In concluding my previous post I promised to write about our visit to the Fryeburg Fair. Fryeburg is the oldest town in Maine's Oxford County and was settled in the mid 1750's. The town's Fryeburg Academy, a day and boarding prep school, was founded in 1792 and is one of America's oldest schools. The fair is held every year in late September and early October, and attracts more than 300,000 visitors, the season coinciding with a massive influx of tourists to the region to view the Fall foliage.
We drove down to Fryeburg on Saturday 4th October, my grandson Luke's 2nd birthday, following Route 302 through Littleton, Bethlehem, Bartlett and North Conway. This route takes you through the spectacular Crawford Notch around the foot of Mount Washington, and past the renowned Mount Washington Hotel, which opened in 1902.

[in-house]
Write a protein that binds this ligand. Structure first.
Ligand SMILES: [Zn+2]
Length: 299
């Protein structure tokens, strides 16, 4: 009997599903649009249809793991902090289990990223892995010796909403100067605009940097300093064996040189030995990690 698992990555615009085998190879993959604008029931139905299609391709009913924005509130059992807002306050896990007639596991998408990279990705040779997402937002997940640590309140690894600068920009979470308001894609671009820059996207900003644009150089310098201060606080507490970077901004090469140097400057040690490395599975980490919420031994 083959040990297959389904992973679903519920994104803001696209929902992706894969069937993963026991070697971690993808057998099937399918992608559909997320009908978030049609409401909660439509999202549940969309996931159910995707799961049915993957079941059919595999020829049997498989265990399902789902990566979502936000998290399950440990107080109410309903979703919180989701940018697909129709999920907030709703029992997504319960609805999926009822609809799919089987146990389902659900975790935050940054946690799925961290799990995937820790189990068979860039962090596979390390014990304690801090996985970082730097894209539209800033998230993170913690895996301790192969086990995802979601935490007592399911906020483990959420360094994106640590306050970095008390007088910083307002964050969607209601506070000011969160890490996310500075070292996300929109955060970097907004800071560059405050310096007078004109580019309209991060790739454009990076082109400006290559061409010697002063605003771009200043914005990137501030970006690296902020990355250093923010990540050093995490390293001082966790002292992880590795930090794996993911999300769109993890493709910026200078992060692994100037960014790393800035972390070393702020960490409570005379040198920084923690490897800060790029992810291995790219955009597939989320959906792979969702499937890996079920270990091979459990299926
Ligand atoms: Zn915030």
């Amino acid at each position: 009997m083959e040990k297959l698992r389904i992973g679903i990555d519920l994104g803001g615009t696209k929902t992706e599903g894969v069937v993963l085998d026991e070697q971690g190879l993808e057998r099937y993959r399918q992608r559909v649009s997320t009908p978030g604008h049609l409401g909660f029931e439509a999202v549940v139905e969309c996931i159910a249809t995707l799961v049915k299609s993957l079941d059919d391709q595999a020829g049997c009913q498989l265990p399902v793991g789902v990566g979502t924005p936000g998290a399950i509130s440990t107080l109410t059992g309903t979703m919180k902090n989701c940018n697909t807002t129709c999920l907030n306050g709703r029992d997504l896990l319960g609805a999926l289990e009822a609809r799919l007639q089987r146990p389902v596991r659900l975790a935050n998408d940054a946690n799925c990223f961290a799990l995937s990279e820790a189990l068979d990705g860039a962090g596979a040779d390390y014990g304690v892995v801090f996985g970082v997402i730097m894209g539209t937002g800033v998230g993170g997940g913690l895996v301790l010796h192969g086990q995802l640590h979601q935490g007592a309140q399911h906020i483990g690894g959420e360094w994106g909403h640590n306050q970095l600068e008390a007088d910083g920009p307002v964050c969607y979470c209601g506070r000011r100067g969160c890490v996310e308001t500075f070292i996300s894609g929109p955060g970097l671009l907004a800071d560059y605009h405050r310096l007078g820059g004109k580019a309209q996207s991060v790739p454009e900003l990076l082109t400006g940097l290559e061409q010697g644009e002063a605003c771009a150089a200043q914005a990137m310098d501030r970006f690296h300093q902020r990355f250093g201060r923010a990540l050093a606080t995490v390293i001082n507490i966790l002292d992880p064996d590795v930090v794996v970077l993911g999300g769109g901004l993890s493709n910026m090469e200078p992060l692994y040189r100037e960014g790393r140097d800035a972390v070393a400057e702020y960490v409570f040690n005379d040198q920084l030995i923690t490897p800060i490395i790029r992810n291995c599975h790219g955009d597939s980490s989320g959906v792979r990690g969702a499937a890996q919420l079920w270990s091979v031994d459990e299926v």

It was unfortunate that the enjoyment of the day was marred by inclement weather. One of the main reasons that Liz and I visited the fair was to see the exhibits in the Natural Resource Center, which I had strong recollections of from my previous visit to the fair 9 years ago.This time we made some interesting woodworking contacts as well as meeting several people of interest. One of the most out of the ordinary exhibits was that of Antique Wagons, all of which turned out to be wonderfully restored Gypsey wagons. It's a pity that they were the only genre!
We returned to the North Country by way of the Kancamagus Highway, which winds through New Hampshire's White Mountains from Conway to Lincoln. On the way the rain, which had been mostly drizzle until then, became harder and harder, and by the time we hit Littleton it was a regular downpour. All in all though, a memorable day.